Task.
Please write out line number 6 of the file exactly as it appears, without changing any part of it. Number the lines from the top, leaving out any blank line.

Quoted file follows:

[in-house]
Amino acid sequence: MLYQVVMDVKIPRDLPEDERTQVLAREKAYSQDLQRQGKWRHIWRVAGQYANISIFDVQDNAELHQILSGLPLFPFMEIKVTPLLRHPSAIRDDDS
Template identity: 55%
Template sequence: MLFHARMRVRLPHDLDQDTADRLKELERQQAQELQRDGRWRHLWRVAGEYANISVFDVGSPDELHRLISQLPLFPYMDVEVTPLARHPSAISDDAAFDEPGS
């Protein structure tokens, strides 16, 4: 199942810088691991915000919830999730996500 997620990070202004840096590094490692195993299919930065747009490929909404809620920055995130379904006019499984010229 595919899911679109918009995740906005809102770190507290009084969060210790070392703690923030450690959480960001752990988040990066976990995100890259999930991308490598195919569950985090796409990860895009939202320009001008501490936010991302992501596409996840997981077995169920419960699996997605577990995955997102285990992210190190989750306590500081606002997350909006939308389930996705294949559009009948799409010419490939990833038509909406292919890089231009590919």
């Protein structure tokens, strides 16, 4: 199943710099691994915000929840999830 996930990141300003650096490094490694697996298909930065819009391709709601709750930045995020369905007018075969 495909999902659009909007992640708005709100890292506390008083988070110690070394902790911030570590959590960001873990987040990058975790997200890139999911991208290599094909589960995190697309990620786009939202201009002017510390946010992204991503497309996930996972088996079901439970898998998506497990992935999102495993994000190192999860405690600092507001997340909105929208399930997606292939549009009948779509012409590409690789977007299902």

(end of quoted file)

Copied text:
């Protein structure tokens, strides 16, 4: 199943710099691994915000929840999830 996930990141300003650096490094490694697996298909930065819009391709709601709750930045995020369905007018075969 495909999902659009909007992640708005709100890292506390008083988070110690070394902790911030570590959590960001873990987040990058975790997200890139999911991208290599094909589960995190697309990620786009939202201009002017510390946010992204991503497309996930996972088996079901439970898998998506497990992935999102495993994000190192999860405690600092507001997340909105929208399930997606292939549009009948779509012409590409690789977007299902």